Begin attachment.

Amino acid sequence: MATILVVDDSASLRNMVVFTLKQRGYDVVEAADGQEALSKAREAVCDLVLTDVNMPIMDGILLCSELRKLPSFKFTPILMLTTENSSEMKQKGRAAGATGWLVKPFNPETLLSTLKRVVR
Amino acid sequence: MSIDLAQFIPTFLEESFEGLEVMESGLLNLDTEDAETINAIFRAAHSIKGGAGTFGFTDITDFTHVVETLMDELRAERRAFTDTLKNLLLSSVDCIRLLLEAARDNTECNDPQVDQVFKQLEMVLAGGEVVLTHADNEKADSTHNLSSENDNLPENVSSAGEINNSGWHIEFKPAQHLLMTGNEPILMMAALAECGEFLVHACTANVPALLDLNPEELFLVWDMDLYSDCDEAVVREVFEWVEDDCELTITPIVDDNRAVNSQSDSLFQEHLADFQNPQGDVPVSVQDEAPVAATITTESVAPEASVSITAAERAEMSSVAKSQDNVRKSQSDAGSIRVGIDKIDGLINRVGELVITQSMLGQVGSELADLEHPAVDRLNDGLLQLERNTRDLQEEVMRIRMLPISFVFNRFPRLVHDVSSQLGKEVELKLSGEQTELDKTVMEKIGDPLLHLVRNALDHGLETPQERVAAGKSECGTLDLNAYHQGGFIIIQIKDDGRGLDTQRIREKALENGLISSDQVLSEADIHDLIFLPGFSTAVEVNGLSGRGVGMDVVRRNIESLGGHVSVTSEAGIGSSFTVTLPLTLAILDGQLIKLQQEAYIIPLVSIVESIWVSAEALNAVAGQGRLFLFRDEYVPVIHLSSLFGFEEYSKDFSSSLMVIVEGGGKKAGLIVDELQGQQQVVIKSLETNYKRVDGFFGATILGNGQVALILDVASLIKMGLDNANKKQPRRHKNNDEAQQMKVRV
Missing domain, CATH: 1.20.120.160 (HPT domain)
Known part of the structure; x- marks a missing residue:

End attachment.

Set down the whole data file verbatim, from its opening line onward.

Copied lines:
Amino acid sequence: MATILVVDDSASLRNMVVFTLKQRGYDVVEAADGQEALSKAREAVCDLVLTDVNMPIMDGILLCSELRKLPSFKFTPILMLTTENSSEMKQKGRAAGATGWLVKPFNPETLLSTLKRVVR
Amino acid sequence: MSIDLAQFIPTFLEESFEGLEVMESGLLNLDTEDAETINAIFRAAHSIKGGAGTFGFTDITDFTHVVETLMDELRAERRAFTDTLKNLLLSSVDCIRLLLEAARDNTECNDPQVDQVFKQLEMVLAGGEVVLTHADNEKADSTHNLSSENDNLPENVSSAGEINNSGWHIEFKPAQHLLMTGNEPILMMAALAECGEFLVHACTANVPALLDLNPEELFLVWDMDLYSDCDEAVVREVFEWVEDDCELTITPIVDDNRAVNSQSDSLFQEHLADFQNPQGDVPVSVQDEAPVAATITTESVAPEASVSITAAERAEMSSVAKSQDNVRKSQSDAGSIRVGIDKIDGLINRVGELVITQSMLGQVGSELADLEHPAVDRLNDGLLQLERNTRDLQEEVMRIRMLPISFVFNRFPRLVHDVSSQLGKEVELKLSGEQTELDKTVMEKIGDPLLHLVRNALDHGLETPQERVAAGKSECGTLDLNAYHQGGFIIIQIKDDGRGLDTQRIREKALENGLISSDQVLSEADIHDLIFLPGFSTAVEVNGLSGRGVGMDVVRRNIESLGGHVSVTSEAGIGSSFTVTLPLTLAILDGQLIKLQQEAYIIPLVSIVESIWVSAEALNAVAGQGRLFLFRDEYVPVIHLSSLFGFEEYSKDFSSSLMVIVEGGGKKAGLIVDELQGQQQVVIKSLETNYKRVDGFFGATILGNGQVALILDVASLIKMGLDNANKKQPRRHKNNDEAQQMKVRV
Missing domain, CATH: 1.20.120.160 (HPT domain)
Known part of the structure; x- marks a missing residue: